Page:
There’s one huge catch.
SpaceX’s broadband-beaming Starlink satellites may soon be facing some stiff competition, because Amazon has been working on a satellite network of its own called Project Kuiper.
This week, the company revealed its newly designed terminals that can connect customers to the internet from essentially anywhere in the world.
But there’s one huge catch: while SpaceX has sent over 3,500 satellites to low-Earth orbit, Amazon has yet to launch a single one, meaning that it’ll be a considerable time until Amazon will be able to launch its service worldwide.
At only 11 inches in height and width and a single inch in thickness, Amazon’s standard “customer” terminals — as it chooses to brand them — are notably smaller compared to competitors, and weigh less than five pounds. To put those numbers into perspective, Starlink’s smallest available terminal is nearly double the size and a little over nine pounds.
Amazon says that, despite the small form factor, the customer terminal “will be one of the most powerful commercially available” of its size, providing speeds up to 400 megabits per second. Although, don’t expect that to be the average speed, especially as more customers are brought on board if users’ experiences with Starlink are anything to go by.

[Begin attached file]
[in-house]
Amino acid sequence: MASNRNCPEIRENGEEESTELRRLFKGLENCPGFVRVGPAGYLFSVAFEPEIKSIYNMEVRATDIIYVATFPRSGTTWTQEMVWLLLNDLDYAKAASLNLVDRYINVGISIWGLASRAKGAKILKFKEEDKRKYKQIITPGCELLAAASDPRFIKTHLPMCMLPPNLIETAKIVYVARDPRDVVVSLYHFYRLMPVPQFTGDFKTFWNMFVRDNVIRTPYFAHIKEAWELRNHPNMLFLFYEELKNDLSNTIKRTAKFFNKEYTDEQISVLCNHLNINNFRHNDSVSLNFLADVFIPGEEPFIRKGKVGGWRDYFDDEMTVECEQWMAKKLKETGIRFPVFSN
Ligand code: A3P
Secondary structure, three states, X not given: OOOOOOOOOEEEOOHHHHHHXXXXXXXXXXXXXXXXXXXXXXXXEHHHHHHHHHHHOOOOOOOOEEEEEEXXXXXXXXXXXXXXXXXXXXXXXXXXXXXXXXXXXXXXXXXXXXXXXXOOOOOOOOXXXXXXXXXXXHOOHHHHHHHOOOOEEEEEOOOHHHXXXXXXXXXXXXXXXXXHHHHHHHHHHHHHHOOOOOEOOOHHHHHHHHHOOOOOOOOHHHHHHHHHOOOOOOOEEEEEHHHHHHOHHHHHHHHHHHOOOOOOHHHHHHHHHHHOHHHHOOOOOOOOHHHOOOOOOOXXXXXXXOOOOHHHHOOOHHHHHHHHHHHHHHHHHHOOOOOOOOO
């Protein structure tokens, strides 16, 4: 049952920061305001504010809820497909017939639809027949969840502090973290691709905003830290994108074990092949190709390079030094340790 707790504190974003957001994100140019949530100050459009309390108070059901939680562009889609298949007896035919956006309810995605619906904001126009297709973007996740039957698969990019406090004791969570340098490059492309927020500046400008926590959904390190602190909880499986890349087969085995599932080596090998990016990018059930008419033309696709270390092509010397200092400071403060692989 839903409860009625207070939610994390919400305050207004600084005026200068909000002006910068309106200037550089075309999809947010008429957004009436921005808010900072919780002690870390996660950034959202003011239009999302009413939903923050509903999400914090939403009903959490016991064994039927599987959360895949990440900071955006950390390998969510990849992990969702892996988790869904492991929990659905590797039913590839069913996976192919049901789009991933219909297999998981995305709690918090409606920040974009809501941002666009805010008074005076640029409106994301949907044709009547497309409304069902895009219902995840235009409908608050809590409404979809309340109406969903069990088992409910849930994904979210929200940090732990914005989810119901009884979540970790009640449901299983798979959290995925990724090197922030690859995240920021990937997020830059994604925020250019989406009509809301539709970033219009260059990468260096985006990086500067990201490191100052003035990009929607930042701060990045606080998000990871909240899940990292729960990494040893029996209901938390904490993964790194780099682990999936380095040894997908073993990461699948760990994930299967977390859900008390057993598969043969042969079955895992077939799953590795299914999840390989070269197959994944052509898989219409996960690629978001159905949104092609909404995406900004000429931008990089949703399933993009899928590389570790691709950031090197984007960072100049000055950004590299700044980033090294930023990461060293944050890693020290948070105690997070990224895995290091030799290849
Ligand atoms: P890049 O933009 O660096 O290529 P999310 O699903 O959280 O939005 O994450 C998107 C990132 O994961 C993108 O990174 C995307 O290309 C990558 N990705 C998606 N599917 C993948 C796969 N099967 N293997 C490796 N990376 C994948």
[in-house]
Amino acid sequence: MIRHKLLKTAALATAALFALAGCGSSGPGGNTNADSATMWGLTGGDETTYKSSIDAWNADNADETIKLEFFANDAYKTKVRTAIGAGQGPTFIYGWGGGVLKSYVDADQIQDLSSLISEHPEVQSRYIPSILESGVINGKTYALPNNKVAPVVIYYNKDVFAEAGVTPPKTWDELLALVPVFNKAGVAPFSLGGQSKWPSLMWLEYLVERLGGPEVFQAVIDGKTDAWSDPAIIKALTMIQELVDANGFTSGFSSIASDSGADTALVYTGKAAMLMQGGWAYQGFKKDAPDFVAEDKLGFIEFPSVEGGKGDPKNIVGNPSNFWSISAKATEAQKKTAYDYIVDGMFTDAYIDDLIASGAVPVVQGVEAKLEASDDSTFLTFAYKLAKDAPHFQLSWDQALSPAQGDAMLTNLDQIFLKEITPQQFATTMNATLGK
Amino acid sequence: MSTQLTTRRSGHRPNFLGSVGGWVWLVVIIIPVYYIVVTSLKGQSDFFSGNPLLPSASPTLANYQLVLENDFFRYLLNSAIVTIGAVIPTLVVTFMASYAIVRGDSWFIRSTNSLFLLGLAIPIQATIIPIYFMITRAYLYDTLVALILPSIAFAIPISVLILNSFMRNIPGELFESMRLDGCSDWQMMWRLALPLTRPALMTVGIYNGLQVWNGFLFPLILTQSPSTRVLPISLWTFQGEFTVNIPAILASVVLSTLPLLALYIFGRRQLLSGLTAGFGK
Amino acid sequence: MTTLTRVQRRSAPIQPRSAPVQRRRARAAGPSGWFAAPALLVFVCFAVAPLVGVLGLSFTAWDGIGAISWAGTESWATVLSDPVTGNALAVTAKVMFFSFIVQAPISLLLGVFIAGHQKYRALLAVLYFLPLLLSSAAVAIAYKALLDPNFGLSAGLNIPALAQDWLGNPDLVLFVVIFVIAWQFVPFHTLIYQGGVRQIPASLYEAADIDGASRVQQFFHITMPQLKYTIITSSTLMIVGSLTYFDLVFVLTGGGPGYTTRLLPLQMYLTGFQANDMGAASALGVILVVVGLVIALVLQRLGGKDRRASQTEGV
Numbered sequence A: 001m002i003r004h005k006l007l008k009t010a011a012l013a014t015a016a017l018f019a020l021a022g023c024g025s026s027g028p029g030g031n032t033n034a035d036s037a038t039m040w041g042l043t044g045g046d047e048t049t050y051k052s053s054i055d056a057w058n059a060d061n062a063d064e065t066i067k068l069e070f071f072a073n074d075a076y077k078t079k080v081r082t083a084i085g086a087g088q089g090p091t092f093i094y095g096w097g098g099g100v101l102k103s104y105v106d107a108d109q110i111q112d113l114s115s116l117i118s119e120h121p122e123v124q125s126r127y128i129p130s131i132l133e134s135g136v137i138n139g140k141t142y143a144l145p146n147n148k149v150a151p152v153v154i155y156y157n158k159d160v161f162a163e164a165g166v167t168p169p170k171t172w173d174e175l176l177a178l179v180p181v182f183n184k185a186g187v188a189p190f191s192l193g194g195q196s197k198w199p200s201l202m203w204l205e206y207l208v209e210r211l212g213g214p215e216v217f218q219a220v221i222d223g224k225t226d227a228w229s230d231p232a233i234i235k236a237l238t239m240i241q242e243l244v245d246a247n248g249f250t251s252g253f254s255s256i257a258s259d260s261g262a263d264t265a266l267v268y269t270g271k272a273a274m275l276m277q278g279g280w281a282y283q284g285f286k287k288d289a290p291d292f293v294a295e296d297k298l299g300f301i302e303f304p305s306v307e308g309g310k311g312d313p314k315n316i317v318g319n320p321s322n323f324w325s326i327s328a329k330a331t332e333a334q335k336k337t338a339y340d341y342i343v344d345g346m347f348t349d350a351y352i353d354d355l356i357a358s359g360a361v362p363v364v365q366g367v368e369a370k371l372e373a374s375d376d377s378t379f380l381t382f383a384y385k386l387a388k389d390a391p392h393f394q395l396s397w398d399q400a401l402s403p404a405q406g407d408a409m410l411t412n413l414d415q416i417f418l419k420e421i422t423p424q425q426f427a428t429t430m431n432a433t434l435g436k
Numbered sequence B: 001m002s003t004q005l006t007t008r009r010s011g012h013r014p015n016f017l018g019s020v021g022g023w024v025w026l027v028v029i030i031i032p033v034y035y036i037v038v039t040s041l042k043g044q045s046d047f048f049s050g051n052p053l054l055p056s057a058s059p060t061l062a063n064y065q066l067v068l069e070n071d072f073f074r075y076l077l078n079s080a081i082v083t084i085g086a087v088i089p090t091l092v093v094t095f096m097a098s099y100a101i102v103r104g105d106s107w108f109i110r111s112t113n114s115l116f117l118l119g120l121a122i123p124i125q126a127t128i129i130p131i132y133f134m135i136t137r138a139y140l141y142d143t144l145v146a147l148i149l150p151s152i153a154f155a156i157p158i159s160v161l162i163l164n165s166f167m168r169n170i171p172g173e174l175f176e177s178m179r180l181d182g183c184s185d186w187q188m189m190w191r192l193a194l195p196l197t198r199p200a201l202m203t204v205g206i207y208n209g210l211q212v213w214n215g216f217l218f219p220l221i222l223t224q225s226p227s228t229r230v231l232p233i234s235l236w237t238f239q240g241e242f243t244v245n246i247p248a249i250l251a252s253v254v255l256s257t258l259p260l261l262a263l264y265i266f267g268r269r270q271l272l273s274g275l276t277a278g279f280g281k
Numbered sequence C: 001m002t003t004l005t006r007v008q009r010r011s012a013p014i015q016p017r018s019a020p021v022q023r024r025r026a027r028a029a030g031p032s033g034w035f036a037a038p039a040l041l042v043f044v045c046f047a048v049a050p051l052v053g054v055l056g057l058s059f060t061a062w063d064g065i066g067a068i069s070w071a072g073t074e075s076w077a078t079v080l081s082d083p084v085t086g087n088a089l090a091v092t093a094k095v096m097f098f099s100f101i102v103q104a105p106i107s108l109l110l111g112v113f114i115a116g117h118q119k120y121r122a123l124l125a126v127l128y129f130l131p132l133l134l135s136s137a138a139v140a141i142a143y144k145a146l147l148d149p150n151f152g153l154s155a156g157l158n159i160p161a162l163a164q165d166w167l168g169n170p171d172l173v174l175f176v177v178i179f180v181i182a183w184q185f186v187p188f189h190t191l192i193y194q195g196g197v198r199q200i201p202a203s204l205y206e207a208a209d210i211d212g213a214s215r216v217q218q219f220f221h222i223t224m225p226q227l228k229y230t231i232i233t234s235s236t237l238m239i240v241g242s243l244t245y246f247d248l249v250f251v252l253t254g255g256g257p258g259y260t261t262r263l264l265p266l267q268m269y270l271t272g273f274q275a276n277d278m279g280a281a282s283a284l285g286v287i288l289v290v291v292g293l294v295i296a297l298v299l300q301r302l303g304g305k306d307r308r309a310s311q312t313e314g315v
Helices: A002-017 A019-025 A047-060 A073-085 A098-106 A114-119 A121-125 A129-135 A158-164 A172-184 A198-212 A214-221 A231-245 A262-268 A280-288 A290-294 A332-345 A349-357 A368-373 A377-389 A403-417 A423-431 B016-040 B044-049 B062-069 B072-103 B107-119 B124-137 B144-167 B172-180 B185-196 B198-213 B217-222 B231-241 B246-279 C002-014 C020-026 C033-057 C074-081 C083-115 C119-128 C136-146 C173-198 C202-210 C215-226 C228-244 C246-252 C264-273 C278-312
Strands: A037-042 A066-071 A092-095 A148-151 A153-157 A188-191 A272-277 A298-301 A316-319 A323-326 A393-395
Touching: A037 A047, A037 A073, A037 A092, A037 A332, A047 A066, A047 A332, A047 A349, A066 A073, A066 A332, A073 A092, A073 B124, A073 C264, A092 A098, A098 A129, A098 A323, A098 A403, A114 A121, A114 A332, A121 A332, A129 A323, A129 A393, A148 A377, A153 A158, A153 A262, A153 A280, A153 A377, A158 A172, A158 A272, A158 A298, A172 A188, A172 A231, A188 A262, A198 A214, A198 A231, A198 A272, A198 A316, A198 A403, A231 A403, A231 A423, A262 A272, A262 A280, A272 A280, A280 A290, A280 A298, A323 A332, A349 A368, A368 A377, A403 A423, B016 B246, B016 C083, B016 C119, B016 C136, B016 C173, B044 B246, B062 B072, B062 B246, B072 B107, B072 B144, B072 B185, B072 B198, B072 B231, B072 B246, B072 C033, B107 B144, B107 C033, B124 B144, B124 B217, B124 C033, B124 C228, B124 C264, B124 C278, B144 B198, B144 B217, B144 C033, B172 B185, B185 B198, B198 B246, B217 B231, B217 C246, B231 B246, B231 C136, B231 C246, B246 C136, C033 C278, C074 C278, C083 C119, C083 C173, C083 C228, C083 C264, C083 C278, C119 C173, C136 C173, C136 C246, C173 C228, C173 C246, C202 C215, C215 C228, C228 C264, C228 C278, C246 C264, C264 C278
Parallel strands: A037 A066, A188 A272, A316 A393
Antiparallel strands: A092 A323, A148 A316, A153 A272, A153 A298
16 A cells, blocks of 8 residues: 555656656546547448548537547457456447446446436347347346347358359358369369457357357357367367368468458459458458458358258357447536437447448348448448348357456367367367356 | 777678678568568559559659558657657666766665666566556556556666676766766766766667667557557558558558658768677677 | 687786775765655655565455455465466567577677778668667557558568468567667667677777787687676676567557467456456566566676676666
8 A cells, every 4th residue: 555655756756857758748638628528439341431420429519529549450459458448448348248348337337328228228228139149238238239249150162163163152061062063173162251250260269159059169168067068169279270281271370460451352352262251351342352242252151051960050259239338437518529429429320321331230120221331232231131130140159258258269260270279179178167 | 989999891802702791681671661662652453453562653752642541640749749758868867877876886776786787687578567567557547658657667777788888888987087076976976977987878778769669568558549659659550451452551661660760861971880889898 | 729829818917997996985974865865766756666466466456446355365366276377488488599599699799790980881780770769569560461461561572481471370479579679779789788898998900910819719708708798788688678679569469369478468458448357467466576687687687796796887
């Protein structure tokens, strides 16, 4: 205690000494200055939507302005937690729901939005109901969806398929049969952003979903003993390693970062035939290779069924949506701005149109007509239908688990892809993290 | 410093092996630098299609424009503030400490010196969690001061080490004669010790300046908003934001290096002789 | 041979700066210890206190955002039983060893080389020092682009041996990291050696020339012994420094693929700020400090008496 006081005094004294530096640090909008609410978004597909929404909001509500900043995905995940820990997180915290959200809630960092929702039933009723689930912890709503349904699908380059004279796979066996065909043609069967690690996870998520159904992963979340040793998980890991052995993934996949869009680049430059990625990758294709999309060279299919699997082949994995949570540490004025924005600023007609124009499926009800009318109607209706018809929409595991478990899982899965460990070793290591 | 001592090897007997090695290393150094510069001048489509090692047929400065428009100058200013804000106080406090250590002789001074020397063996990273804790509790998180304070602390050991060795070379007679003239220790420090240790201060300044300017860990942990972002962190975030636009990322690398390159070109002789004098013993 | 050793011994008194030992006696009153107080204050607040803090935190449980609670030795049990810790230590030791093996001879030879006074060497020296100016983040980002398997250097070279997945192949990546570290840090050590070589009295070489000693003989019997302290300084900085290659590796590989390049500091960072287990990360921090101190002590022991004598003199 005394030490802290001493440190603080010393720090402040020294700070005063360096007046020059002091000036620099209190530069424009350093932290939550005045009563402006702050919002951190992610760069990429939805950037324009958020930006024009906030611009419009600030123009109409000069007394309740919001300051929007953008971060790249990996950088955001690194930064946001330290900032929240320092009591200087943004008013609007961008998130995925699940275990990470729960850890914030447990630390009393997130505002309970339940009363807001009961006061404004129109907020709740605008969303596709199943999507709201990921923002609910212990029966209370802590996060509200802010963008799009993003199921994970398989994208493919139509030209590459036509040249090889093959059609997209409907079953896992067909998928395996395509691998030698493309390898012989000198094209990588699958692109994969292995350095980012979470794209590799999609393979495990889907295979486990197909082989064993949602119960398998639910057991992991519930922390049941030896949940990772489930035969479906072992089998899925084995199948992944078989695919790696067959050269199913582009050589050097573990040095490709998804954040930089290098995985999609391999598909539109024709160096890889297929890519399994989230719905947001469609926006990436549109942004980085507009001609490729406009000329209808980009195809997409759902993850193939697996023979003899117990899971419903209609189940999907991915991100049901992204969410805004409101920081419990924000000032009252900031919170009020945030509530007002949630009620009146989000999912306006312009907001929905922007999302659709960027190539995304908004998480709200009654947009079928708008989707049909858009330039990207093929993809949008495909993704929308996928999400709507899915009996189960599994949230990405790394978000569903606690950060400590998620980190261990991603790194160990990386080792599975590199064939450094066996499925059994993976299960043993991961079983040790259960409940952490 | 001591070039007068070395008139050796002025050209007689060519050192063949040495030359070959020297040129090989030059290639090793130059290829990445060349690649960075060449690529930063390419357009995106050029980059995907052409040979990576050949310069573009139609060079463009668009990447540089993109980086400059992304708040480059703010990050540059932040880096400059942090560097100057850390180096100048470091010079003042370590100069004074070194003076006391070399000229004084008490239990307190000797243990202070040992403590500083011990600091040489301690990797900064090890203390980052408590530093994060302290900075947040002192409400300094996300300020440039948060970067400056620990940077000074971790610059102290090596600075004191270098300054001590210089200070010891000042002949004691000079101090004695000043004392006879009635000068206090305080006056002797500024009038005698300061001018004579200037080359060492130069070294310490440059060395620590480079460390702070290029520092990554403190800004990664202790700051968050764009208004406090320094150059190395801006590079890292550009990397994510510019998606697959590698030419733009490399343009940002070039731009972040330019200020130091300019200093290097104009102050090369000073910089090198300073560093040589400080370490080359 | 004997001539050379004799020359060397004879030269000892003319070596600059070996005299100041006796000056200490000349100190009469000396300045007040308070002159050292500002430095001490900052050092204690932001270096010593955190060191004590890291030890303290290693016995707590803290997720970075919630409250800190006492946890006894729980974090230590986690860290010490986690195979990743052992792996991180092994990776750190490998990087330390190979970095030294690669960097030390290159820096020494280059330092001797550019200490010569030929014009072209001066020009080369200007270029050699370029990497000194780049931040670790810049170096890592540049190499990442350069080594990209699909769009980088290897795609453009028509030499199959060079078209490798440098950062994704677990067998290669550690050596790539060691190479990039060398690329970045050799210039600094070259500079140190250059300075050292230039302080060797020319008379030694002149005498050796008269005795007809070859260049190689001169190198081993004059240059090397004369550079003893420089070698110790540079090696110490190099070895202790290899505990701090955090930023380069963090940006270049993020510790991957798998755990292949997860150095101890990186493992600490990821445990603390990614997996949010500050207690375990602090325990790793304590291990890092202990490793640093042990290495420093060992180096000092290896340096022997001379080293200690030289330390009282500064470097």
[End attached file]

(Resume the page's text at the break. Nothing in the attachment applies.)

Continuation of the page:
Amazon’s terminals could also be a lot cheaper, too. After a price hike last year, Starlink’s kit will currently set you back $599. Amazon claims it “expects” to produce the terminals for under $400 a piece. How much that ends up costing the customer remains to be seen, however.
Great and Small
In addition, Amazon flaunted an even smaller terminal for those on the go, or for those who are willing to forfeit faster speeds for a cheaper connection, though its exact cost has not been disclosed. Capped at 100 Mbps, this “ultra-compact” model is square-shaped and a mere seven inches in length, meaning that it’ll probably be dwarfed by even a laptop hooked up to it.
A large, high-bandwidth model was also revealed and is a hefty 19 by 30 inches in size. That’s bigger than Starlink’s beefiest and fastest terminal, but the payoff is that you get up to a gigabit per second in speed.
Clearly, Amazon is getting serious about giving Starlink a run for its money. But before Project Kuiper can take off, it’ll need to get its satellites airborne.
The company expects to launch its first two prototypes this year, and has received approval from the Federal Communications Commission to deploy a total of 3,236 satellites.
Still, without a single satellite in orbit, expect to wait at the very least a year before Amazon’s service is available.
More on commercial satellites: Elon Musk’s SpaceX Satellites Are Messing Up the Hubble Space Telescope
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